Fernando Valenzuela of the Dodgers (3-4) also hurled a shutout, 2-0 against the Braves, to equal the modern big league rookie record of eight set in 1913 by Ewell Russell of the White Sox. En route to his 13th triumph, Valenzuela yielded only three hits.
One, two, three, four, five, six, seven. That's how many pitches Johnny Bench of Cincinnati (6-1) fouled off before slamming a dramatic two-run pinch homer in the ninth for a 5-4 victory in L.A. Other clutch performers for Cincy: Charlie Leibrandt, who pitched a 4-0 win over the Astros; Joe Edelen, who provided six innings of one-hit relief in a 7-3 victory against the Dodgers; and Dave Concepcion, whose RBI single in the 10th gave Tom Seaver a 1-0 triumph over the Giants.
No, they weren't filming a Bela Lugosi chiller at Candlestick Park; it was merely one of the foggiest and eeriest nights ever there—which is saying something—as the Giants (4-3) beat the Astros 5-2. During the game Johnnie Lemaster's inside-the-park homer became a ground-rule double because, as an umpire correctly saw it, Houston Rightfielder Terry Puhl had trouble prying the ball out of a paper cup that had blown onto the field. The week's deftest bit of batwork, though, was Dave Bergman's perfect suicide bunt in the ninth that defeated the Braves 6-5.
Atlanta (2-5) also lost 4-2 in San Francisco, as bungled-up base running put two Braves on third. Giant First Baseman Enos Cabell dashed to third with the ball and tagged out Claudell Washington, who had run there from first. When the ump hollered "Out!" Brett Butler, the other Brave at third, thought the call was meant for him. So he came off the bag, and Cabell tagged him to complete a double play. Larry McWilliams ended Atlanta's five-game losing streak by beating San Diego 3-0 on two singles.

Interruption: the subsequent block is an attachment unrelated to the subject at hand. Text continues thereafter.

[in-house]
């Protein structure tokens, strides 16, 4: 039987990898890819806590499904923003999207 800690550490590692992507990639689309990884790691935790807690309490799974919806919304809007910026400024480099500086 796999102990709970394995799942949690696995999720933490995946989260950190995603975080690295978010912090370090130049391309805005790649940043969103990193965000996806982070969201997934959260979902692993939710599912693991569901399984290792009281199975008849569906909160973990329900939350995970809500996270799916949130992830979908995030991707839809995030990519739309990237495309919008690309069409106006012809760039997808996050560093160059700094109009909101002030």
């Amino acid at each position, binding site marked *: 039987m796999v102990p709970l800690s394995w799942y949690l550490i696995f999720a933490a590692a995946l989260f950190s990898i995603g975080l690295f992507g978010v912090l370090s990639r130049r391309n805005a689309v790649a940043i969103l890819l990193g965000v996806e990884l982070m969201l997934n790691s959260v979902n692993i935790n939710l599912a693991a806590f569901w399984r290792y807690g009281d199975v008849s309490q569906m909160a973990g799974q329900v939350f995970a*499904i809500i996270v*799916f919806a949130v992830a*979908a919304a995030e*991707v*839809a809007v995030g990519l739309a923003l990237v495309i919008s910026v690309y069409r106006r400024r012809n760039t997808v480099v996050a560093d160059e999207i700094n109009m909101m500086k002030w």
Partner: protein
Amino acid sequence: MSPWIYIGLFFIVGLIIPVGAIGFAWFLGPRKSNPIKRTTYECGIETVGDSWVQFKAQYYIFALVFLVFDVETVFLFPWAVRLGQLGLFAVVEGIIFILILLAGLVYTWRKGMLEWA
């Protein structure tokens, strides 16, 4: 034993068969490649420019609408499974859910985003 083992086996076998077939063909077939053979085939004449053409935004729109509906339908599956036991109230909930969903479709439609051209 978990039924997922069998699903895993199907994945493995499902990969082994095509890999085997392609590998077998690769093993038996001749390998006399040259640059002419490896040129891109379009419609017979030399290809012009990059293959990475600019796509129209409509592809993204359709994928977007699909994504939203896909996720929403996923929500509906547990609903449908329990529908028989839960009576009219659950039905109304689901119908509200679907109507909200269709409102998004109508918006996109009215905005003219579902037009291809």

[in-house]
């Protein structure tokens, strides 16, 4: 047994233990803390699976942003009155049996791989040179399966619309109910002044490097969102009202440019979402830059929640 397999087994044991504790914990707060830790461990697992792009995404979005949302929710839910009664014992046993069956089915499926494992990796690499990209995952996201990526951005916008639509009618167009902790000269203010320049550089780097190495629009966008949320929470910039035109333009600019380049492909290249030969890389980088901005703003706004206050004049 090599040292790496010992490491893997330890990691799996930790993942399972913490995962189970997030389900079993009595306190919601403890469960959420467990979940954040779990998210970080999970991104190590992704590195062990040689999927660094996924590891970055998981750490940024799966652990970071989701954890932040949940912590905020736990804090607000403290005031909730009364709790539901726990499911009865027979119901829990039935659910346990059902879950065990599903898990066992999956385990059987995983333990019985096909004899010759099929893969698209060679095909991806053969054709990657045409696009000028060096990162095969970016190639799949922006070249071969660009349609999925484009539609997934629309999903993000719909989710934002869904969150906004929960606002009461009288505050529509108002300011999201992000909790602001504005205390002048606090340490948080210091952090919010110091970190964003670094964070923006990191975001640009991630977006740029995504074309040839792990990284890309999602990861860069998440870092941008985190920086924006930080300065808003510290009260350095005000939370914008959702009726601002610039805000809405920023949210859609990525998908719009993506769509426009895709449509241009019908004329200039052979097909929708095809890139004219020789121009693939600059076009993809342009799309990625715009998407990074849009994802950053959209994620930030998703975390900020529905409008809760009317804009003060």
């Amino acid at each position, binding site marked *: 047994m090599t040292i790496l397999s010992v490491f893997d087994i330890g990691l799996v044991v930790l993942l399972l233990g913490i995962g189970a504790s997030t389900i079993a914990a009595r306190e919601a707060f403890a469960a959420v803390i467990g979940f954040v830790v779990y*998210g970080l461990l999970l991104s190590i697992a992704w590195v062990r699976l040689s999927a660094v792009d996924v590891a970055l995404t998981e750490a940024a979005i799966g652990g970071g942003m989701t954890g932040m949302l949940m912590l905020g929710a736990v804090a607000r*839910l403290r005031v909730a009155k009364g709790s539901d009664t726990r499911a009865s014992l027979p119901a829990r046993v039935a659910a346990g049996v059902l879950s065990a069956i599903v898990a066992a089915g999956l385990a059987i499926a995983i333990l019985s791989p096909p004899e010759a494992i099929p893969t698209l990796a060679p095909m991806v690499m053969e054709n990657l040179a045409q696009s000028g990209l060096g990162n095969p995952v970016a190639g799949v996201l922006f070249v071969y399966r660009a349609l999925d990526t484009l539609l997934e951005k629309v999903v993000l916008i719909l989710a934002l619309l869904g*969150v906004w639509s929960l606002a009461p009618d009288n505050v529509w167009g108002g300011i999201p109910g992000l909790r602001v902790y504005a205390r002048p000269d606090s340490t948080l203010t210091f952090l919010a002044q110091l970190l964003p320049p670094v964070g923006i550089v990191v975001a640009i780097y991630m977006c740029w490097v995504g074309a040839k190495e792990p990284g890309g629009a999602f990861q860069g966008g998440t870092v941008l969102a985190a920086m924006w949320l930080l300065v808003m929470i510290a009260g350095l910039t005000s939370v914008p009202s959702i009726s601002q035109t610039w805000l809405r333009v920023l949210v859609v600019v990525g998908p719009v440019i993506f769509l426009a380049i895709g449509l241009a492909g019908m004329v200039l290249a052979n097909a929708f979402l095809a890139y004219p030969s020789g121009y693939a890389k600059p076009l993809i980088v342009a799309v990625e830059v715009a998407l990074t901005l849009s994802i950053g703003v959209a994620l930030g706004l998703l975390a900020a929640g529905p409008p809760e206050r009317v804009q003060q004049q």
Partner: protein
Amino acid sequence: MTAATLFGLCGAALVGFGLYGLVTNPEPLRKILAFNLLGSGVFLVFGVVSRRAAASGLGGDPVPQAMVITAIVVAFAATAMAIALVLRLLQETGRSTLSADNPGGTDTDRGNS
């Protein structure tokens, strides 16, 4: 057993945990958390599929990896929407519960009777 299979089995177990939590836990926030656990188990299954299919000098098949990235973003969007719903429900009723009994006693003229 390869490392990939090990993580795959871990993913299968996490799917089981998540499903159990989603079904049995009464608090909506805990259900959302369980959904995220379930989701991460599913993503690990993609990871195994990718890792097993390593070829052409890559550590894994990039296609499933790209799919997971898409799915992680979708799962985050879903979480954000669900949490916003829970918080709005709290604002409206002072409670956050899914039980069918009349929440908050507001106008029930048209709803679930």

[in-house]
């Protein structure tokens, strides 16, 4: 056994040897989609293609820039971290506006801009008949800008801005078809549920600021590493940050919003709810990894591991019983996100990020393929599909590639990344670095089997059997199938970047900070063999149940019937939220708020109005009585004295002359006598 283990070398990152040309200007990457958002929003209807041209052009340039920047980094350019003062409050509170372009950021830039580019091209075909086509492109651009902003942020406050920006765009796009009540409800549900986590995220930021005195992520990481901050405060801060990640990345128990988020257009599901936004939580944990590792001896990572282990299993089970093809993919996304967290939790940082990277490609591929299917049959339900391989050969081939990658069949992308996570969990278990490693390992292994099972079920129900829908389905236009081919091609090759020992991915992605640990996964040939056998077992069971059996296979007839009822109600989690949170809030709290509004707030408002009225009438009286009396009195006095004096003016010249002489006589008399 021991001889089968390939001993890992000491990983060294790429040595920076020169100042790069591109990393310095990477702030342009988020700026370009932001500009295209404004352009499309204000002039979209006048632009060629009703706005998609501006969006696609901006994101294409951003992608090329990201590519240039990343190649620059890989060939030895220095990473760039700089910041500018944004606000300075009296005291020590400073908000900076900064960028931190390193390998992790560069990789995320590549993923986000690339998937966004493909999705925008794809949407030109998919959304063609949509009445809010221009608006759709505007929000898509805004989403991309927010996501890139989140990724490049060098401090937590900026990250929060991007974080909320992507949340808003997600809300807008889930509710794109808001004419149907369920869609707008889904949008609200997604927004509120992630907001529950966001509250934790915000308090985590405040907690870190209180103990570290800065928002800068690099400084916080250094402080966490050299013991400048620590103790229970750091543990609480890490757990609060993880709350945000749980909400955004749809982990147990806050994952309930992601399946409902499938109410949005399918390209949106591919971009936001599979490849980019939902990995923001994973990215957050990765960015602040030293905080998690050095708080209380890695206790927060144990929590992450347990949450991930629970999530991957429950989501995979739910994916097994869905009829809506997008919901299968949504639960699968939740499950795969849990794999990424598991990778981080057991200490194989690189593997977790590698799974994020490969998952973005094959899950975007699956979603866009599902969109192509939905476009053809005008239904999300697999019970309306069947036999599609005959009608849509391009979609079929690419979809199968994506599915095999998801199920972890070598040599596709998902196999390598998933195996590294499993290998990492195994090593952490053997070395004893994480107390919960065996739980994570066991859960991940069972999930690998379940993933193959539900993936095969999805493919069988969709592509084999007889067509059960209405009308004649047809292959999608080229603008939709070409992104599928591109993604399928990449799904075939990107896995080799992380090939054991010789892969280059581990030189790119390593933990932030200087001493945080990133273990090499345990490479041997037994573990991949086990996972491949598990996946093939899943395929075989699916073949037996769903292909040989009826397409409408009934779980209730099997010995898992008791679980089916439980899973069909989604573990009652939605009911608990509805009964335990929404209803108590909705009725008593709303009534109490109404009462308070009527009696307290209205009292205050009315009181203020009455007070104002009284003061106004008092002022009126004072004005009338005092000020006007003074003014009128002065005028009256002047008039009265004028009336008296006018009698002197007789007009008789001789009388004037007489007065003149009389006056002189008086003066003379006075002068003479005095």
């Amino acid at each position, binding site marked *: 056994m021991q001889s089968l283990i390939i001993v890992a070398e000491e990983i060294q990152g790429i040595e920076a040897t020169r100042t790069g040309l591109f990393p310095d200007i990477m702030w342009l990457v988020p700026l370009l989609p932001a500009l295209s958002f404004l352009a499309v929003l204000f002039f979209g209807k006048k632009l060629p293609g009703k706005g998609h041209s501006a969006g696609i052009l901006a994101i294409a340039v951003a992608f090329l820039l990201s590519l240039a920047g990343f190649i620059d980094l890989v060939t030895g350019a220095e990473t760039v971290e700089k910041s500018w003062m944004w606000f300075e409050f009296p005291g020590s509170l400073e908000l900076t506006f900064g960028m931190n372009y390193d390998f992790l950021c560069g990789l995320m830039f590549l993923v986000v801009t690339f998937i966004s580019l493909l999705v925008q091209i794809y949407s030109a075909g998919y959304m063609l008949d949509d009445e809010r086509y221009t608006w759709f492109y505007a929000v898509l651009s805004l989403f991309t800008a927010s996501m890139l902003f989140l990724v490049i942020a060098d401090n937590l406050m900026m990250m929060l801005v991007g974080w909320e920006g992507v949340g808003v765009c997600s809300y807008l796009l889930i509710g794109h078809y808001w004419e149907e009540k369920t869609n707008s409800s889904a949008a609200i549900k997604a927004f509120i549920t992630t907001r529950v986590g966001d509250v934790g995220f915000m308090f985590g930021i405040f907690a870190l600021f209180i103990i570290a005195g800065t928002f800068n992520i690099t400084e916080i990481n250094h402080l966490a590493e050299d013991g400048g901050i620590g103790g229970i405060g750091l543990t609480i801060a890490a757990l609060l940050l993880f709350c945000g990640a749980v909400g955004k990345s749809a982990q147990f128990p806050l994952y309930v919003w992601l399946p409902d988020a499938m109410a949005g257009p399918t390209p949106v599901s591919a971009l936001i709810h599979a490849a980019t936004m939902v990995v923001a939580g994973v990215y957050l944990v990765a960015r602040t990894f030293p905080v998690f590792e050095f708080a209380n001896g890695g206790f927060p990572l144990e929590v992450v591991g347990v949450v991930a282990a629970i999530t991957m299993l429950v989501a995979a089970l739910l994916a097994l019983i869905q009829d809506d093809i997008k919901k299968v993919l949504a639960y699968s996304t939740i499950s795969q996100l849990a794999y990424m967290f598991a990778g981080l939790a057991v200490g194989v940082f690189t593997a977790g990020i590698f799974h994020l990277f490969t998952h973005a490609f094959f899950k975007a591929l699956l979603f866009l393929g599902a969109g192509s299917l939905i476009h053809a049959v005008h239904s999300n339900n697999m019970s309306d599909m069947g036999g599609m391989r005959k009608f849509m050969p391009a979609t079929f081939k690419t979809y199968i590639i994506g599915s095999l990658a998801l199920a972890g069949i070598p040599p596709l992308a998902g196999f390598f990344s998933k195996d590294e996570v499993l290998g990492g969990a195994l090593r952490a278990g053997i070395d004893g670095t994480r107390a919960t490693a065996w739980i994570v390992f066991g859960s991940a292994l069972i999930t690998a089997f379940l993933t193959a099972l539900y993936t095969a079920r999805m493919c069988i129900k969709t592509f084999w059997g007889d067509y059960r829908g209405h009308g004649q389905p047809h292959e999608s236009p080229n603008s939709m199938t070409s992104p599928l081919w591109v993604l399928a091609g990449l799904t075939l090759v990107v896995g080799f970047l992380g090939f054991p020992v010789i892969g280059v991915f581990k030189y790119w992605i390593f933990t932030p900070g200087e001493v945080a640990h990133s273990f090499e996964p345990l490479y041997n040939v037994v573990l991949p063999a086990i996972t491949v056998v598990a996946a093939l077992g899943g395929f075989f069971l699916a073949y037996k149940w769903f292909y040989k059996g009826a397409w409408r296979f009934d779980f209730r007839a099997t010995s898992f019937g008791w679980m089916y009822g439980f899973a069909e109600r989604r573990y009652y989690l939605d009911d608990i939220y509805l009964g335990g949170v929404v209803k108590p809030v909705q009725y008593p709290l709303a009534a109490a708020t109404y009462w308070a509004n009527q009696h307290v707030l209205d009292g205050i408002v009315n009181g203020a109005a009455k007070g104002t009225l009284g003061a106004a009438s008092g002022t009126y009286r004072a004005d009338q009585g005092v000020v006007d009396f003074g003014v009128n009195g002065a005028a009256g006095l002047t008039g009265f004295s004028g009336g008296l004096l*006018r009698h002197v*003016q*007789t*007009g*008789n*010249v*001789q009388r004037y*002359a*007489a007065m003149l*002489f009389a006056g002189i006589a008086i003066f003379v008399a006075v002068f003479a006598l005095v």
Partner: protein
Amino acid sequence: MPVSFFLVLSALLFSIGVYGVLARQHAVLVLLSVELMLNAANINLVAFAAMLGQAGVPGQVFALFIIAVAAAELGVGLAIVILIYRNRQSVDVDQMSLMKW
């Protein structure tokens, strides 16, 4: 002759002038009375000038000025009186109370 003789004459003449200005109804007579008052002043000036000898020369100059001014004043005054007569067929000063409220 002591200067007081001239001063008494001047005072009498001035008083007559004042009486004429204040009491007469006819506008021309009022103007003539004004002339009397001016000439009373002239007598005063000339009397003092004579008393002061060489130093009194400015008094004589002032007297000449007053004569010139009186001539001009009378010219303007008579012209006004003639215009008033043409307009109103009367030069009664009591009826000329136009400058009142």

For a change, the Padres (2-5) stole some bases—four—as they beat the Braves 6-3.
HOUS 26-14 CIN 23-16 LA 22-18 SF 21-18 ATL 20-19 SD 12-29
"There's no friction between players and between players and manager," said Dan Quisenberry of the Royals (4-2). When asked how Dick Howser had brought about such harmony in just three weeks as the Kansas City skipper, Quisenberry replied, "He flew in Ann Landers." George Brett, meanwhile, was flying off the handle. Brett got into his second scuffle of the year with members of the media, a minor tiff with two reporters. Dennis Leonard didn't throw any punches, but on the night Sugar Ray Leonard pummeled Thomas Hearns, Dennis KO'd the Angels 3-1. As for Quisenberry, he earned two saves.
Although weakened by a virus, roommates Dwayne Murphy and Steve McCatty helped boost the A's (4-2) above .500. Murphy hit three home runs: a two-run drive in the eighth to give Mike Norris a 2-1 victory in Texas; a grand slam to help McCatty defeat the White Sox 10-5; and a 445-foot blast in Chicago as Rick Langford won 2-1. Dave McKay lent Murphy a hand by going on a .450 tear.
Minnesota (3-3) clung to third, thanks to two saves by Doug Corbett and clutch hits by newcomers Ron Washington and Dave Engle in 6-3 wins. Washington's two-run single highlighted a three-run eighth that beat Toronto, and Engle had four RBIs against Texas.